Monday, February 24, 2014

Starting your London onefinestay

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In London we are partnering with OneFineStay to provide with excellent accommodations for our clients. Here are quick OneFineStay FAQs

Everything you need to know about arriving and checking-in (and checking-out) for your stay with us.
We know that you might have a lot of questions about your booking with onefinestay: how to check-in, how you get the keys to the home, what will be provided for you. Don’t worry, you’re not the first people to ask. That’s why we’ve prepared this information for you.



We might not have a lobby, but it’s still just as easy to check-in

1. Does someone from onefinestay meet us at the home?

Yes, one of our Meeters & Greeters will be waiting there for you when you arrive. As they get there a bit before you, they’ll be inside the home. So do please ring the doorbell, buzz the buzzer or knock on the door. Because we send one of our friendly faces from our office, it’s really important we know your arrival time. If you are going to be running late, or indeed early, please let us know as soon as soon you can so that we can we can reschedule your check-in appointment.

2. Who is the ‘lead guest’ you refer to?

The lead guest is the person who actually checks in. This person can be different from the one who booked the home, but you must let us know if that’s going to be the case when you book. One other thing – the lead guest must be over the age of 25.

3. Do we need to bring any form of identification?

Yes, the lead guest will have to, so we can check their details against the booking record, and make sure it is their credit or debit card they are using to pay the security deposit (see ‘Do you need to take a security deposit for our stay?’ below). So do please make sure the lead guest has some photo ID with them, specifically a driving licence or passport. If we don’t have this, we won’t be able to check you into the home.

4. Do you need to take a security deposit for our stay?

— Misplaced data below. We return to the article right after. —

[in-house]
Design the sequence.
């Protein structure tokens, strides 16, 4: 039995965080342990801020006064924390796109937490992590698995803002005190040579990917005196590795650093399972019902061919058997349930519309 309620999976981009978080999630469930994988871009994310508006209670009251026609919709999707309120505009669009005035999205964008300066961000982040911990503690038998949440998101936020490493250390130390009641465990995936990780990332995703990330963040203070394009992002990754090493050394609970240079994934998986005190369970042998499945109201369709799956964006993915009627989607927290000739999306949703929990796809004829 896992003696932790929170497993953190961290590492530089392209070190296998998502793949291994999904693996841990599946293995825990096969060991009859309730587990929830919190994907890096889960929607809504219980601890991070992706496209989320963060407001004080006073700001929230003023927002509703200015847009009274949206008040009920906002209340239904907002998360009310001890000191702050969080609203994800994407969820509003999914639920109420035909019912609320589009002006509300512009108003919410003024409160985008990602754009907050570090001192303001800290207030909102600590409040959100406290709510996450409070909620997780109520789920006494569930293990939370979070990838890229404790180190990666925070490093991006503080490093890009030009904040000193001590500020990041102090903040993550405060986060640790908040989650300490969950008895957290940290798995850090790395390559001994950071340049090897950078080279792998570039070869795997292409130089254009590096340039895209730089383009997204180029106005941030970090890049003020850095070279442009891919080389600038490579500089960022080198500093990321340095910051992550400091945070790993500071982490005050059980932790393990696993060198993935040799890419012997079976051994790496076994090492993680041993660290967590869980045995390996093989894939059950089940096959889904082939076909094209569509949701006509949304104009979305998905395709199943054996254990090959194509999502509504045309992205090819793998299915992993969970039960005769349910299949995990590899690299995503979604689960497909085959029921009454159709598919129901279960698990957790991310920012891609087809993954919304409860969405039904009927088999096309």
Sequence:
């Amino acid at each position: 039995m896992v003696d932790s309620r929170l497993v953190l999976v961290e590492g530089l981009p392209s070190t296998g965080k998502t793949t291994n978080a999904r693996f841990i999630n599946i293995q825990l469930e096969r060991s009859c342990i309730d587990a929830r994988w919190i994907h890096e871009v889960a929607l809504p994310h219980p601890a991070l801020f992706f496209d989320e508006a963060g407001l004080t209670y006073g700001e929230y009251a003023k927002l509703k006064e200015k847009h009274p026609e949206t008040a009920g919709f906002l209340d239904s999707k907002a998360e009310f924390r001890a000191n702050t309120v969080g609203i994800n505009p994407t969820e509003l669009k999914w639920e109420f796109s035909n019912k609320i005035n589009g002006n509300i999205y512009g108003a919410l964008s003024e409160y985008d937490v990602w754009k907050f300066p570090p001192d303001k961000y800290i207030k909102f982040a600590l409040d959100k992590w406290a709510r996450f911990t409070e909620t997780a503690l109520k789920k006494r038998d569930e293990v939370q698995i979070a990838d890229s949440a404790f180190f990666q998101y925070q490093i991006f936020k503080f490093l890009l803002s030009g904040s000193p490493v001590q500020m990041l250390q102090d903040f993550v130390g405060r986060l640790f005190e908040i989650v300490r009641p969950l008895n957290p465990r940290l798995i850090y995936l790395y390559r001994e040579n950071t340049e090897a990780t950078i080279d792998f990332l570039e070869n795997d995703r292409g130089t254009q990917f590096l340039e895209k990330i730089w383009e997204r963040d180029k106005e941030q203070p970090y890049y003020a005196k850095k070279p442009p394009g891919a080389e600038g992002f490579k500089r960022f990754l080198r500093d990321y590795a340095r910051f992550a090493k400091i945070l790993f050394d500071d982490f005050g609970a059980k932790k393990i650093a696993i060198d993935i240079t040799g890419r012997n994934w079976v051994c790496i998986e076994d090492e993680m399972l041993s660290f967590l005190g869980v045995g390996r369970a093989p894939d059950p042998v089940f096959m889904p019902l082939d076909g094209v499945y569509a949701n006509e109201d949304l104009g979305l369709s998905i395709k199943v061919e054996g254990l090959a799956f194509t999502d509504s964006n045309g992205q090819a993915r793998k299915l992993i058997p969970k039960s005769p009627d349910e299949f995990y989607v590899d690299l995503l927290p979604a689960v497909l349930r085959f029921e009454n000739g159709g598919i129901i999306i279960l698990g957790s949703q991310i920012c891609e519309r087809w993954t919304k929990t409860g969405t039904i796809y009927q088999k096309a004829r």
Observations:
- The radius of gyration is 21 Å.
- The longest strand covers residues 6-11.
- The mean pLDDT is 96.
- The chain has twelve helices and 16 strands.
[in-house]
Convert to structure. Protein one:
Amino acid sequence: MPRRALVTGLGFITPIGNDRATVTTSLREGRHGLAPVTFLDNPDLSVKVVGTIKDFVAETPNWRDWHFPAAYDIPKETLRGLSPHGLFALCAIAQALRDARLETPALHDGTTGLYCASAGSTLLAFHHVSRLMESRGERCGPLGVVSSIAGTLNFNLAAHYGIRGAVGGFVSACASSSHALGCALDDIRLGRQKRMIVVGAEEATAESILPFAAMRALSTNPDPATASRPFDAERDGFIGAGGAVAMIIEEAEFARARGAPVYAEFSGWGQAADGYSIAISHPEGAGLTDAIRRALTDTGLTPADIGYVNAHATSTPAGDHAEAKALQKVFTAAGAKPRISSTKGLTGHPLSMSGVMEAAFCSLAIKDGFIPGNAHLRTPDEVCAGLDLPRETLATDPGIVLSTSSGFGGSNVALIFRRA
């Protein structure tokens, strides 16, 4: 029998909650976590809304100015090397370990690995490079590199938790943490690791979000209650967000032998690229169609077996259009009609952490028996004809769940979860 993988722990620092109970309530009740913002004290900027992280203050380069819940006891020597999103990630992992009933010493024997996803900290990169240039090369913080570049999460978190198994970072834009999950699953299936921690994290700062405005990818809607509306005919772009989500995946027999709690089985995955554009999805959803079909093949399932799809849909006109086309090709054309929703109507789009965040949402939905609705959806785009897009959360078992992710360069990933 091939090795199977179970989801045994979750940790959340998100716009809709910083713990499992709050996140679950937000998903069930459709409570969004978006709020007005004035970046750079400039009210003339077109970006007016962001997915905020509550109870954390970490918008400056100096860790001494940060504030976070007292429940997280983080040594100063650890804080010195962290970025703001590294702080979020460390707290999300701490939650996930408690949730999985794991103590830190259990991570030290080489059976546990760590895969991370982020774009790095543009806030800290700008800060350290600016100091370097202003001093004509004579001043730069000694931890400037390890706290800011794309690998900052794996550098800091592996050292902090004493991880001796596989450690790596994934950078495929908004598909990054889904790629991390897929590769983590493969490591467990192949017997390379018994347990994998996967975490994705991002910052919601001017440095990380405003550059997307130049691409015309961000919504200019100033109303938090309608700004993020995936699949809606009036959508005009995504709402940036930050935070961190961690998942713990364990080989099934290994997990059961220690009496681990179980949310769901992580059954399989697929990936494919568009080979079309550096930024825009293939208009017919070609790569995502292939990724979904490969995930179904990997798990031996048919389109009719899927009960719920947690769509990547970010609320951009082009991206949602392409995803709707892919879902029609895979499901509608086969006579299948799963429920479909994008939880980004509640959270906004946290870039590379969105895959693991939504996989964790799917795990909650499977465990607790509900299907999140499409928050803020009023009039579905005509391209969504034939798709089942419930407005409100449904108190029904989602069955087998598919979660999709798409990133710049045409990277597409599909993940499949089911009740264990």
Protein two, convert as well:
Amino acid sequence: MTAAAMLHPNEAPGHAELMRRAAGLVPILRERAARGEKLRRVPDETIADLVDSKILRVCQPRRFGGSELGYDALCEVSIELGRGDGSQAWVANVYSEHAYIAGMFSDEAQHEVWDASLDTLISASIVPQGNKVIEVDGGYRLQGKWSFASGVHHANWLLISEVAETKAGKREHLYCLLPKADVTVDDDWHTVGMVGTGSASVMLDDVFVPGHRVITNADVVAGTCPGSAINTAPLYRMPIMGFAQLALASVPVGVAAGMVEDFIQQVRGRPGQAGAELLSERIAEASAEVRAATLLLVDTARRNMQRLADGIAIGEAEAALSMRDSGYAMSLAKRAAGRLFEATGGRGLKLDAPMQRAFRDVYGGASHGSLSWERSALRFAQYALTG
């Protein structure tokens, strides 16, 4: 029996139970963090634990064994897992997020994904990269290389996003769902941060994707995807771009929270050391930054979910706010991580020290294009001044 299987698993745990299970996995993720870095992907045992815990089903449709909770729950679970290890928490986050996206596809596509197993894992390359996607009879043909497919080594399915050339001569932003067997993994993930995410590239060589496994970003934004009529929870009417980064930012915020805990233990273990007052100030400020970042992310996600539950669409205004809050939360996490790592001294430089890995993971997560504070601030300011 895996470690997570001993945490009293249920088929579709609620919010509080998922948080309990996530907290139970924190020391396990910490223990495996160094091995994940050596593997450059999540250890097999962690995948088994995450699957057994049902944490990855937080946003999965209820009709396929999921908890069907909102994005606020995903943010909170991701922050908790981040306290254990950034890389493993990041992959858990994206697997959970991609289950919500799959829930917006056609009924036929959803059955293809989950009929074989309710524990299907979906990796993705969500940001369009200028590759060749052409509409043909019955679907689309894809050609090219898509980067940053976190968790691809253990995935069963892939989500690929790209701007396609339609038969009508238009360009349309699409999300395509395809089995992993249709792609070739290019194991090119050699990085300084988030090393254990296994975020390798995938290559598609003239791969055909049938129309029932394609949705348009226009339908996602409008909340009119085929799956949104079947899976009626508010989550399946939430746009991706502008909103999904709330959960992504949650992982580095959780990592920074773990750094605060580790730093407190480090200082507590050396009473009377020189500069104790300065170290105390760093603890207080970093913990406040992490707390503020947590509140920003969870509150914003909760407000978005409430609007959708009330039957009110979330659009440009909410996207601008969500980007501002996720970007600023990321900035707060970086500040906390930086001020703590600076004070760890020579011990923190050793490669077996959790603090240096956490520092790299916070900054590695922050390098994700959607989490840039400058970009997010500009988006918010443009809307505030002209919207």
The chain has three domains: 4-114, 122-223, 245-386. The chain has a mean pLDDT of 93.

Yes. When you arrive we’ll ask the lead guest for a standard security deposit, taken in the form of a hold, not a charge, from either a credit or debit card (we don’t accept cash, credit notes or vouchers for this). Providing no damage occurs, this hold will be released after your stay.

5. Can we organise for the deposit to be paid before we arrive?

In certain circumstances we can allow the booker to provide the security deposit before the stay, so that the lead guest can check-in without having to go through the process. For that to happen, the booker will need to complete a third-party billing authorisation form (not as scary as it sounds, honest), as well as provide copies of both sides of the credit card to be authorised, and their photo ID (passport or driving licence). Don’t worry, our team can help you out with all of this.

6. Keys – how many sets will we get?

You’ll normally receive two sets of keys per home, although for some of our properties this may vary. The Meeter & Greeter will give them to you once the lead guest’s ID has been checked, and the security deposit taken.

7. Are there rules we have to follow when we’re in the home?

Yes, absolutely. Each home has some House Rules, unique to it, set by the host. These will be presented to you, and explained, by the Meeter & Greeter at check-in, along with details of the wifi network and password in the home. Please make sure you do stick to the rules.


Leaving the home you're staying in is easy

8. Will someone from onefinestay be there when we check out?

We don’t meet you when you check-out however we will pop round to the home after you’re gone (see ‘Returning your security deposit’ below). If you have any questions about checking out, you can always call one of our team.

9. What do we have to do when we lock up the home?

Not much at all, however it varies from home to home and therefore your Meeter & Greeter will explain exactly what you’ll need to do when you leave the home. In addition, it will be explained on the House Rules, a copy of which will be given to you upon your arrival.

10. What about our deposit… how do we get that back?

Once you’ve departed, our team come round to check the home for any damage and to prepare it for the next booking or the host’s return. Providing they don’t report any damage, we’ll then release your security deposit.

Check-in & check-out times

Whether you need to arrive early, or late, we can handle it

11. What time is check-in? And, for that matter, check-out?

Standard check-in is between 16:00–22:00. Standard check-out is any time before 11:00.

12. Can we leave our bags with you if we arrive a bit early?

Yes. If you know that you’re arriving between 12:30-16:00, tell us and you can choose to use our free bag drop service, rather than checking-in after 16:00. The process is the same: we meet you at the home, take the security deposit and check ID, so you can then get the keys, drop your bags and then leave the home whilst we continue to prepare it. You can then return any time after 16:00. It’s a great chance to start exploring the local neighbourhood where you’ll be staying.